The father of critically ill teenager Gareth Anderson has said he faces a two-week “time-bomb” to secure his son a life-saving liver transplant operation.
The 19-year-old has been told he may be dead in a fortnight, but NHS transplant guidelines mean it could be six months before he can go on the waiting list for a new liver.
His father Brian is pursuing a legal challenge to get his son the operation and has pleaded with politicians and health chiefs to treat the case as an exception.
“I'm dealing with a timebomb now,” he said. “I've basically two weeks to save Gareth.”
Although it is common medical practice in the UK to insist that liver patients whose conditions are linked to alcohol abuse go without a drink for six months before going on the waiting list, it is only a guideline and not a formal rule.
Mr Anderson insists the policy should apply to older patients with chronic alcoholism, not a teenager who has never before needed medical treatment for a drink related illness.
“I have to take this to the courts, what else can I do,” said Mr Anderson.
While Mr Anderson originally intended to launch a judicial review in Belfast High Court, it is understood the legal challenge may now have to be made in England after the teen's move to London.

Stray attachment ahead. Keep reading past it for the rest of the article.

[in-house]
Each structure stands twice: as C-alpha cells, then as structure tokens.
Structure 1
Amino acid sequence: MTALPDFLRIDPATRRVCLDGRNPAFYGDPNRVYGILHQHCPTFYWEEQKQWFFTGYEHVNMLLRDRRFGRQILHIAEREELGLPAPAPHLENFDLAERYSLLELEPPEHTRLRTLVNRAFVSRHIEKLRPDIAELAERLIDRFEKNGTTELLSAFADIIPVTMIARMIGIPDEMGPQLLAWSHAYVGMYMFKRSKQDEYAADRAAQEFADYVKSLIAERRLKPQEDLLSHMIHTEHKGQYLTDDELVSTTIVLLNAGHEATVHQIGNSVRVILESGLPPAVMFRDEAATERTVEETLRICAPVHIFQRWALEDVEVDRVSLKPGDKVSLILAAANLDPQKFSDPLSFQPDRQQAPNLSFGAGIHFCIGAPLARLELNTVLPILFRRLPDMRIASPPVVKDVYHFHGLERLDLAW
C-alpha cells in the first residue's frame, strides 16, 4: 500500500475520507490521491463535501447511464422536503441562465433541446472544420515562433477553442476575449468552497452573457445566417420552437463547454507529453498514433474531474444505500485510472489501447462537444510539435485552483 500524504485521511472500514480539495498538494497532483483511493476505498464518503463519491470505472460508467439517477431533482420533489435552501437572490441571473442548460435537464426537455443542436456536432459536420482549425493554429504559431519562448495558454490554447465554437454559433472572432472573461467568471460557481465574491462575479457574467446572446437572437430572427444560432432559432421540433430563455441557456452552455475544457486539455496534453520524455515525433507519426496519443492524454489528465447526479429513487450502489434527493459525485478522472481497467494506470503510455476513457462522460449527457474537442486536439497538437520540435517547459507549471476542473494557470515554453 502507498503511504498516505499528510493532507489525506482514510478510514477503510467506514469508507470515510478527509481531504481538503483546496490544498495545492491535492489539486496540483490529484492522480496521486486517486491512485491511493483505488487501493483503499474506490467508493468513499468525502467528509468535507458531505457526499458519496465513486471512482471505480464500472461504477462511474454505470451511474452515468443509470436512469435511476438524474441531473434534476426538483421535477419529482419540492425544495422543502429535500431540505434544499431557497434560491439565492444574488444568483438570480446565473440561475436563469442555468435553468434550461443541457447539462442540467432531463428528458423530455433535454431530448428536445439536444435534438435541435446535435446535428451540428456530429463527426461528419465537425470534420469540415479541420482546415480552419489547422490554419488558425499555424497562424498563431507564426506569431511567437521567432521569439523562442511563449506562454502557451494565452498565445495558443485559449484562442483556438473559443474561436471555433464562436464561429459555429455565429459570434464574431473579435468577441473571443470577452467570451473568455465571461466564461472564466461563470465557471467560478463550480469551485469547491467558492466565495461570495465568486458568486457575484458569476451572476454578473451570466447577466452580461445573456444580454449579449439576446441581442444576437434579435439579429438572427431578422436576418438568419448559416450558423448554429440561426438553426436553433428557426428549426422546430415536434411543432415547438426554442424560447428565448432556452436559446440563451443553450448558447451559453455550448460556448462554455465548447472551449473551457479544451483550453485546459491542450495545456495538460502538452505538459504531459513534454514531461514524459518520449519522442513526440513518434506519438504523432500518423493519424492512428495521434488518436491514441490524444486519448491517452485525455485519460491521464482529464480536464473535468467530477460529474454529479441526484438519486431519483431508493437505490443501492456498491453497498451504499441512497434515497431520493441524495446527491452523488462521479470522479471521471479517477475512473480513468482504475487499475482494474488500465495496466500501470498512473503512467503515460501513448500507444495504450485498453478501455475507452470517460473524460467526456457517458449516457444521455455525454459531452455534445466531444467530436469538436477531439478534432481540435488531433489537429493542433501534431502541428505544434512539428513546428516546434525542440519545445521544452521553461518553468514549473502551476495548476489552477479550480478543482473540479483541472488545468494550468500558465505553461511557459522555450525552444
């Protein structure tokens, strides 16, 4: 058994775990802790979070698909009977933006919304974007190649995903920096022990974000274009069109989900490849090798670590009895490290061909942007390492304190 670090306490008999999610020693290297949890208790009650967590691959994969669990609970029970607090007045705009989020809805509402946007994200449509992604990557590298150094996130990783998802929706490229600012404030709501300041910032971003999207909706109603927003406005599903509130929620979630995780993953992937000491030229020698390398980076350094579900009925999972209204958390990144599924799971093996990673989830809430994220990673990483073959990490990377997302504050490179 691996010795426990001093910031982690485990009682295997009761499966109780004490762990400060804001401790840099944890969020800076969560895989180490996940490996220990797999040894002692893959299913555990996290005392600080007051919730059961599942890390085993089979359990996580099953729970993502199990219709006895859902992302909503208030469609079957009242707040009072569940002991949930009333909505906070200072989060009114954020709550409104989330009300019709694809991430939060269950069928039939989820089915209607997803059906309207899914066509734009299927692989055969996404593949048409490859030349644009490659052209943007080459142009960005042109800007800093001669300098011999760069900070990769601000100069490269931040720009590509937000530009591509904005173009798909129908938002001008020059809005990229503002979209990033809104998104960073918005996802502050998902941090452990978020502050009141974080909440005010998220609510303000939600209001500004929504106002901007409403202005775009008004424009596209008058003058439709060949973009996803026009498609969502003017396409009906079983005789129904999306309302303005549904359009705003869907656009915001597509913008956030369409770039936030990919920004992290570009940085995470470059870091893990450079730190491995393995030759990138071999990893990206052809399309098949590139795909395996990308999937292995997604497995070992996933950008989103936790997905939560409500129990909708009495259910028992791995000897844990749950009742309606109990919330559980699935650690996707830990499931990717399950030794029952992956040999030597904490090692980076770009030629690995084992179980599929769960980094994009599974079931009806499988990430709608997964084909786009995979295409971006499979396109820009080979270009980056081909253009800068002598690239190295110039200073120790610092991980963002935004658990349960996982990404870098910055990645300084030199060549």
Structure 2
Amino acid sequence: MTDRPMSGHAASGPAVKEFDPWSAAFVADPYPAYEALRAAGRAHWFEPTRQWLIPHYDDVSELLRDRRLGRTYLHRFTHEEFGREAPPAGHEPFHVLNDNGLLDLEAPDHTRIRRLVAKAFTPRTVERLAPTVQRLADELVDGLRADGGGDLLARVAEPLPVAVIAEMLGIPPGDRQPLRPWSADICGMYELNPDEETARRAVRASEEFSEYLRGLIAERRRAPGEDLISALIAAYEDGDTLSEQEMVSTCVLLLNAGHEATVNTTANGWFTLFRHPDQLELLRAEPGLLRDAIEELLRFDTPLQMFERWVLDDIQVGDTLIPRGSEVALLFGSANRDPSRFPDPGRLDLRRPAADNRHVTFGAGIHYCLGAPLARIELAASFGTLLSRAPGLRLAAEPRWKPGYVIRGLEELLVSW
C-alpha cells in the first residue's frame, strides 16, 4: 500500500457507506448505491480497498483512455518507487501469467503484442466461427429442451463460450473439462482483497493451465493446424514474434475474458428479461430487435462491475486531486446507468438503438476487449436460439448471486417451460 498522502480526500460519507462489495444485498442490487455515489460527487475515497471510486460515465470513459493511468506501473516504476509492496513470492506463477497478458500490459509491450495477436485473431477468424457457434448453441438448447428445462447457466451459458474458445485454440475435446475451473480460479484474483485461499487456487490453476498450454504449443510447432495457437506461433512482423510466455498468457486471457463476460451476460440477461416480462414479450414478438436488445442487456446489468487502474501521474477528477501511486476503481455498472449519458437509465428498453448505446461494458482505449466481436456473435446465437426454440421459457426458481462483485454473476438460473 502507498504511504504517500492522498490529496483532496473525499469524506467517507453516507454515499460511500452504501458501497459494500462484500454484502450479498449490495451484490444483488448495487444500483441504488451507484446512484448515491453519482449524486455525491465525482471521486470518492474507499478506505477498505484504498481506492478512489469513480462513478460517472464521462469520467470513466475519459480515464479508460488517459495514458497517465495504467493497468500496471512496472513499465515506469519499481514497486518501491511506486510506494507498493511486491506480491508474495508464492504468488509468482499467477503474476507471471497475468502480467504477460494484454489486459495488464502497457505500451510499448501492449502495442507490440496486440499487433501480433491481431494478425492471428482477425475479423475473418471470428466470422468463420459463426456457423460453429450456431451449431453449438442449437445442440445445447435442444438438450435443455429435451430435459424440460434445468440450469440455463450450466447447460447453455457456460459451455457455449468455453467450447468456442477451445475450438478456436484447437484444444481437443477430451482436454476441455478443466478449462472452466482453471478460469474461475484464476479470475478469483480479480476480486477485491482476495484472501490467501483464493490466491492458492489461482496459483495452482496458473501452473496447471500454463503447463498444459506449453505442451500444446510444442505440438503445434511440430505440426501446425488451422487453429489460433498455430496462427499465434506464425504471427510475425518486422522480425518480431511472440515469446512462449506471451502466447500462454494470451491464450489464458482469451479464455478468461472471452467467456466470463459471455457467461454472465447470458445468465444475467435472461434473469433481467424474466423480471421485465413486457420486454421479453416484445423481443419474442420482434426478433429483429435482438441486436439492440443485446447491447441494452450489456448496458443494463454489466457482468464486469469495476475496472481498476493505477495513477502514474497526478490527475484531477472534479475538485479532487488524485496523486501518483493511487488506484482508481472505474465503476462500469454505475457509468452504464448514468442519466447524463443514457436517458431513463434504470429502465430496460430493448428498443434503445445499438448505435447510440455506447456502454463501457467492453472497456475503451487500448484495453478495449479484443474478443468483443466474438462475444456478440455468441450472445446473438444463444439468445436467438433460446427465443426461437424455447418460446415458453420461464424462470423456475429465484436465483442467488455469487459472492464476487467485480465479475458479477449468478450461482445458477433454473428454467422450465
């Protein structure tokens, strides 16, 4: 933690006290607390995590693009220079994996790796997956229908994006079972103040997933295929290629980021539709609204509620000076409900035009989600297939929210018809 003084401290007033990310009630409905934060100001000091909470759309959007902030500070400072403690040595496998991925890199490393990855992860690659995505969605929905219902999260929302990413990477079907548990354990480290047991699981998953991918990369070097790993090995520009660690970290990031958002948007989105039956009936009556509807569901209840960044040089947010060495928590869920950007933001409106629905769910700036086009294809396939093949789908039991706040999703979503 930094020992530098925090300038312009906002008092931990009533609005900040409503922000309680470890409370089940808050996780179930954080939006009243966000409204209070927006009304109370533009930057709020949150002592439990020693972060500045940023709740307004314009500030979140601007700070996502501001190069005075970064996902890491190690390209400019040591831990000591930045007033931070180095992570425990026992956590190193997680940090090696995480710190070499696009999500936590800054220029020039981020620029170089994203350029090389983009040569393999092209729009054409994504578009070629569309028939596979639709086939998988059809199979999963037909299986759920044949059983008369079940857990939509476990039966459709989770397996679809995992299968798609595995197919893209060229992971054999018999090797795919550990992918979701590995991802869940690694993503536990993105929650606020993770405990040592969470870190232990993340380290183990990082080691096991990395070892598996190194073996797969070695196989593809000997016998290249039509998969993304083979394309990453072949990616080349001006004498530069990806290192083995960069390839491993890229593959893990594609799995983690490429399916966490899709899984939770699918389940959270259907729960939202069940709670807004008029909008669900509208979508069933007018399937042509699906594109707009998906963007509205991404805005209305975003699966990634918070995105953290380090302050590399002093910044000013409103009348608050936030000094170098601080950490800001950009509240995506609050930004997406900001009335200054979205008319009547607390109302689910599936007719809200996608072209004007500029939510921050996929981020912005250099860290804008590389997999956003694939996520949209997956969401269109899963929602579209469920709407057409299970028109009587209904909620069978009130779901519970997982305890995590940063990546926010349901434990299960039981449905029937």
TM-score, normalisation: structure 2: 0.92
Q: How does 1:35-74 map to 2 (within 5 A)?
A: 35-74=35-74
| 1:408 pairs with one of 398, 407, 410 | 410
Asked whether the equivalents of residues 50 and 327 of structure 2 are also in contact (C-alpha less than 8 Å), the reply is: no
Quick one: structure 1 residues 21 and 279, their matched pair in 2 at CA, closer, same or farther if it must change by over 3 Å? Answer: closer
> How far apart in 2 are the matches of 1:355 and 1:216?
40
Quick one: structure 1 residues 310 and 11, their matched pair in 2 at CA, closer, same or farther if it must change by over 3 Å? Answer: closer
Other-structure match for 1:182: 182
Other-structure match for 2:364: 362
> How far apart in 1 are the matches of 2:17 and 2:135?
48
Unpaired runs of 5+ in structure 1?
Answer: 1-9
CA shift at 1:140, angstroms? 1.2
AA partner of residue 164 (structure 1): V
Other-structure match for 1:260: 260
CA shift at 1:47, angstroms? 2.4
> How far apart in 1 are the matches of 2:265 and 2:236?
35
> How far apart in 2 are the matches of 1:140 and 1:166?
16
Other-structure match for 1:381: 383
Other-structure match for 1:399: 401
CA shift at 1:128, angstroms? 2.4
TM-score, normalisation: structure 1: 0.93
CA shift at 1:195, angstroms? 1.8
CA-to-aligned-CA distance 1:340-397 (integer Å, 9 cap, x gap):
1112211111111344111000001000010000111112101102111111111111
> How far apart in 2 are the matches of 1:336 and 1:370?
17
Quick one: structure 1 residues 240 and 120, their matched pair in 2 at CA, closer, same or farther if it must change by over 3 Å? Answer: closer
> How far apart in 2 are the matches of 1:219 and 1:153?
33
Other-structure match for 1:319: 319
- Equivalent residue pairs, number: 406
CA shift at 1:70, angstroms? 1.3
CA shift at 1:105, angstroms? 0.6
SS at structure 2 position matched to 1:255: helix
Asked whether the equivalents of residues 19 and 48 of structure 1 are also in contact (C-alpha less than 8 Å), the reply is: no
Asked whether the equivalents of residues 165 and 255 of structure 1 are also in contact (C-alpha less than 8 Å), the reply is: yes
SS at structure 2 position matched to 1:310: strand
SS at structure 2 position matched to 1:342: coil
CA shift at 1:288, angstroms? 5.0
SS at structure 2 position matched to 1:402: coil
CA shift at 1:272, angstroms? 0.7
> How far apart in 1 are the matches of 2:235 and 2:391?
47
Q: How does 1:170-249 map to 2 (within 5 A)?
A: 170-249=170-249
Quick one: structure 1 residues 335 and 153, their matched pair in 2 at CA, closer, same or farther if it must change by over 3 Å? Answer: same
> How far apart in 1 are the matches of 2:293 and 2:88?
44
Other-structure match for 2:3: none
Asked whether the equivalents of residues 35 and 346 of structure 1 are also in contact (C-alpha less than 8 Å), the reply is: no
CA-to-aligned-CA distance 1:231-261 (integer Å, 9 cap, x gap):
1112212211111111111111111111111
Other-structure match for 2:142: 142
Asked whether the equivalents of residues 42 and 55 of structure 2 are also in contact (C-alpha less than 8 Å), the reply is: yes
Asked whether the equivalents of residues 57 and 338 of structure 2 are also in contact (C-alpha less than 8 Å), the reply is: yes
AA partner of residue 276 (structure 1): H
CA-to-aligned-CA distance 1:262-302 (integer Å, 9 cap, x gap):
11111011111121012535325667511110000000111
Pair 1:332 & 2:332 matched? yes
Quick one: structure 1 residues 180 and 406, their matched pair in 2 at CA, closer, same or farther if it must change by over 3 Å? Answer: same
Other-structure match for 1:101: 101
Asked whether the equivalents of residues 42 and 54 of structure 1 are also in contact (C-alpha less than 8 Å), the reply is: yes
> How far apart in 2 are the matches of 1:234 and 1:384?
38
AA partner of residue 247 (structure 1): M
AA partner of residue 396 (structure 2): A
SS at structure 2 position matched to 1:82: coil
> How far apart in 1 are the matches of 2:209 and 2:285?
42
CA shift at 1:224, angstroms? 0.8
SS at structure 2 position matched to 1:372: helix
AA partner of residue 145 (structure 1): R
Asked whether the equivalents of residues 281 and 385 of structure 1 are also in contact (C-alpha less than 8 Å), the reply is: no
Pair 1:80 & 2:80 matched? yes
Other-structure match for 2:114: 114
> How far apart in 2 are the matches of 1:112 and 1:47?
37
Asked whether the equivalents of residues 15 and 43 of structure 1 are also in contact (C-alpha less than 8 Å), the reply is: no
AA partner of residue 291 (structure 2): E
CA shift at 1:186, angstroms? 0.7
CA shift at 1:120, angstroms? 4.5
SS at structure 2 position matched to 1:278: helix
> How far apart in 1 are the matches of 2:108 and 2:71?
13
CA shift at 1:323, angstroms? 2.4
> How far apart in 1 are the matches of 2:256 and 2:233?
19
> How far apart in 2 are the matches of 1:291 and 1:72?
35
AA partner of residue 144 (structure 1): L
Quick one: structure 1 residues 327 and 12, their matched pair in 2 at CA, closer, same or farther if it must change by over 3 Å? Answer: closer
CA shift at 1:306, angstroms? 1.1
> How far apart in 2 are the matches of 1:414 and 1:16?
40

His son, who was transferred from the Ulster Hospital near Belfast to Kings College Hospital, London at the weekend, suffered acute liver failure after a weekend binge-drinking session.
Mr Anderson said he felt he had to try and cover all the legal angles to help his son.
“I’ve gone so far and the media has been fantastic for me,” he said.
“Some child or their parents is going to come behind me in the same situation.
“I’ve got to set a precedent here, and I hope I do so with my son home.”
Speaking from his hospital bed in London, critically-ill Gareth spoke out of his fear of dying from liver failure.
“I’ll never touch another drink for the rest of my life,” he said in an interview with the BBC.
“It’s not worth it. It was just one weekend with loads of drinking and it will never happen again.
“This is terrifying, I just want to get better and go home.
“I don’t want to end my life this early. I’m going to keep on fighting and hope for the best.
“This is the most painful time in my whole life. A transplant means everything in the world to me,” he added.
His heartbroken mum Vivienne, who is at his bedside at King’s Hospital in London, also spoke to the BBC of her “living nightmare”.
She pleaded with young people to think hard about the risks of alcohol and also insisted her son is not an alcoholic.
“People can go out and have fun but please, please, please don’t go and do this. It’s Russian roulette. No-one can say who can cope with it and who can’t,” she said.
“I wouldn’t wish this on any parent. All you can do is your best for your children and hope that they listen to you.”
A spokesman for King’s College said yesterday that Gareth was in a stable condition.
Last week Northern Ireland Health Minister Michael McGimpsey came under pressure to intervene, although he made clear that all decisions about the case had to be left to the doctors.